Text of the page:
Opioids May Not Be the Best Choice

With more attention on drug overdose deaths linked to opioids, research shows there are alternative pain treatments to consider and you probably already have them in your medicine cabinet.

Before you start taking oxycodone, hydrocodone, fentanyl or other opioids for pain treatment, you should know that a growing body of medical research has shown that other medications can be just as effective, or even better, for reducing pain. In fact, ibuprofen and acetaminophen, especially when taken together, can not only effectively reduce pain but have the dual advantages of being non-addictive and much lower in cost.

A number of clinical studies have focused on chronic pain, like back pain, but a growing body of research has also shown that for short-term relief for many common conditions, this alternative combination of ibuprofen and acetaminophen can be helpful, as well. Research shows, in particular, that ibuprofen and acetaminophen helped patients with the pain resulting from wisdom teeth extractions. Keep in mind that ibuprofen and acetaminophen are not risk-free; taken in excess, ibuprofen can lead to kidney damage and acetaminophen can cause liver damage.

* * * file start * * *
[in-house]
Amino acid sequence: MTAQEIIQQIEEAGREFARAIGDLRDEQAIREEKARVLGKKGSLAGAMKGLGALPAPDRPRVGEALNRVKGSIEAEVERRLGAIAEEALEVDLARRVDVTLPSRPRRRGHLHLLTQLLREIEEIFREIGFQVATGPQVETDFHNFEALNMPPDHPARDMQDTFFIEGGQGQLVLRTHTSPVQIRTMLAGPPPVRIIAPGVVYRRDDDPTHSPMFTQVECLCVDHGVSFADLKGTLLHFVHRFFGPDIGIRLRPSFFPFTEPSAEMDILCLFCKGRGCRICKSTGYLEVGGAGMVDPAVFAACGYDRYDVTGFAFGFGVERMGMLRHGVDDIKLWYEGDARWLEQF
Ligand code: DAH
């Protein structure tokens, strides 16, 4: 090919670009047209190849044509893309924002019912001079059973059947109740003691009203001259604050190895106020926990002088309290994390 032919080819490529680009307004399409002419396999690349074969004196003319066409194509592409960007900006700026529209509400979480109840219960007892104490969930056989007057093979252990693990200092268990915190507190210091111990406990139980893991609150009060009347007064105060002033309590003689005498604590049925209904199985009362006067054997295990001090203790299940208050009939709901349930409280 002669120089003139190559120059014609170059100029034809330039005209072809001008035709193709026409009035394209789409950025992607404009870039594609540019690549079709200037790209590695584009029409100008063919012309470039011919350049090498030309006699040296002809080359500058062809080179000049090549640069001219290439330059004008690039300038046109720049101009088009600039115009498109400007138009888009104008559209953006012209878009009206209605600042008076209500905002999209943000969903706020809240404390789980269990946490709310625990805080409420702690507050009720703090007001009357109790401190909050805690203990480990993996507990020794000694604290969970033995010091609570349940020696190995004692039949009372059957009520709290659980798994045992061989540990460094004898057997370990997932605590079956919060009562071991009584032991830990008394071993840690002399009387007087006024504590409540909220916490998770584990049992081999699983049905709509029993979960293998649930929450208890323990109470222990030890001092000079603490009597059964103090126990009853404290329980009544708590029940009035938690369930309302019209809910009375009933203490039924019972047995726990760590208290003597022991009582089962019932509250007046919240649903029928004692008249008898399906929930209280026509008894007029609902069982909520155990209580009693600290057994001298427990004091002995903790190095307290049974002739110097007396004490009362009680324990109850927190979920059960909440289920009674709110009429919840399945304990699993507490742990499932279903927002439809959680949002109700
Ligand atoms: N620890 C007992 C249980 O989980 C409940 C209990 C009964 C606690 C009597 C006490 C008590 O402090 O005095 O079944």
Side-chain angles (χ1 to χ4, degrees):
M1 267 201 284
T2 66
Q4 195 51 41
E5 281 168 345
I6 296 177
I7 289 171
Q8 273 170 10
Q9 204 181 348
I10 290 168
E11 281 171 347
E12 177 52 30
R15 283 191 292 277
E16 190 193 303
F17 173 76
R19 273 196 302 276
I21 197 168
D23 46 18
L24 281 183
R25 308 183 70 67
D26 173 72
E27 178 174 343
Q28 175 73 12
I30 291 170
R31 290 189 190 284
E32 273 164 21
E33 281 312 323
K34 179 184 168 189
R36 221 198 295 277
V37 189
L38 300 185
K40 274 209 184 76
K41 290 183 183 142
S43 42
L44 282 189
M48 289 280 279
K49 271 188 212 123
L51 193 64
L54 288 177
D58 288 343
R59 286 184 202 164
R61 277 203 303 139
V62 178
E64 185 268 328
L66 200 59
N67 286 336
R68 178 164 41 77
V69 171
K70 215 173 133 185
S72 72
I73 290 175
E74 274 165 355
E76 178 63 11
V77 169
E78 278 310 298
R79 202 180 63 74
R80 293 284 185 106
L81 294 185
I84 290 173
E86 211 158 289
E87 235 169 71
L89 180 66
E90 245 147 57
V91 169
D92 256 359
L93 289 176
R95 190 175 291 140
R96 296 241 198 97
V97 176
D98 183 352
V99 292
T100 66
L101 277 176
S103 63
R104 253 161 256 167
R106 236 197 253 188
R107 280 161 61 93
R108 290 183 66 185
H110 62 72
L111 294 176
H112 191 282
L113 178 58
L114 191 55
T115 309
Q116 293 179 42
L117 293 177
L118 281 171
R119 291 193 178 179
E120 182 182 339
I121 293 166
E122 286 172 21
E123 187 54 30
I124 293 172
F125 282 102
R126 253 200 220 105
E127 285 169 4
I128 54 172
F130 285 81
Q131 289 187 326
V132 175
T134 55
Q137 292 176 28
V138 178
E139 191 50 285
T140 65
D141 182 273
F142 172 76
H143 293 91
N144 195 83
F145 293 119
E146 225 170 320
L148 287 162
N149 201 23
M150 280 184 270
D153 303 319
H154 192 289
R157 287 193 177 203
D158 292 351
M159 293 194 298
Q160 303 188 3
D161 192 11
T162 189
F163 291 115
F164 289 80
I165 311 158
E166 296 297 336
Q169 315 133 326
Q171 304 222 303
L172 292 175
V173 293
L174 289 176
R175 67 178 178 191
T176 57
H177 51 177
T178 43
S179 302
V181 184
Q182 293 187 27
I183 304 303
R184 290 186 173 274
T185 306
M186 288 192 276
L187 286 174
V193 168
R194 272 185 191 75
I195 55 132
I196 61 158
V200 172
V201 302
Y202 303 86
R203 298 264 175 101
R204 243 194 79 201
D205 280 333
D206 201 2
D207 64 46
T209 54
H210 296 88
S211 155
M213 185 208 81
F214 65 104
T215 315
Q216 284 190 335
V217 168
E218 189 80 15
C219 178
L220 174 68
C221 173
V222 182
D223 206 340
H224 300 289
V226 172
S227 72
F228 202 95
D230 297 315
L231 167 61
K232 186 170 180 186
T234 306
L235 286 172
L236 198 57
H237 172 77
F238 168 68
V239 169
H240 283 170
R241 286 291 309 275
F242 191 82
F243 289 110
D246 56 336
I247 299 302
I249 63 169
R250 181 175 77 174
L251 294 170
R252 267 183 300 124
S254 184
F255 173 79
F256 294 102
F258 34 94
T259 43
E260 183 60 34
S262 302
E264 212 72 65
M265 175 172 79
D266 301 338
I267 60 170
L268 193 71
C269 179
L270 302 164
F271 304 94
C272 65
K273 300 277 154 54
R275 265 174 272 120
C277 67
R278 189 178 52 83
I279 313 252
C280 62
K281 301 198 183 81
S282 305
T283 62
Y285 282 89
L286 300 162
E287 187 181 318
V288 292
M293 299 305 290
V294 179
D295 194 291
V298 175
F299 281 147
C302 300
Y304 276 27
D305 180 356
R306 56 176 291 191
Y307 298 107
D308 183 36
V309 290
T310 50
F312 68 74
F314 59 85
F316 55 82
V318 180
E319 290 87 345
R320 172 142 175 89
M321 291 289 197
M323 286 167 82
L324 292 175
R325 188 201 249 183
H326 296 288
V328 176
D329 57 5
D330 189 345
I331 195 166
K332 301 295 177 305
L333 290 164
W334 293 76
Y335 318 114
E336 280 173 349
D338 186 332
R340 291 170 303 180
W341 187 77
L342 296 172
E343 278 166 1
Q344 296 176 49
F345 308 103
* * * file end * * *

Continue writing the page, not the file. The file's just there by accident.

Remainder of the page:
Non-pharmaceutical interventions such as physical therapy, spinal manipulation, massage and acupuncture can also be effective at reducing chronic pain short-term. And there is some research that shows that yoga, meditation and mindfulness may also be helpful for some patients. This can be a controversial approach, though, as some critics consider this technique more “learning to live with the pain” rather than relieving it. Of course, there are some medical situations where opioids are still the preferred treatment – notably for cancer patients and for those in end-of-life care.

If your doctor is recommending opioids for pain treatment, it’s helpful for you to:

    • discuss the benefits and risks;
    • develop measurable goals to assess for pain and function throughout the treatment;
    • meet regularly to review your progress; and
    • discuss effective alternatives.

Remember you should be comfortable talking to your doctor about all aspects of your health care, including how to address pain and the range of alternatives that can help you.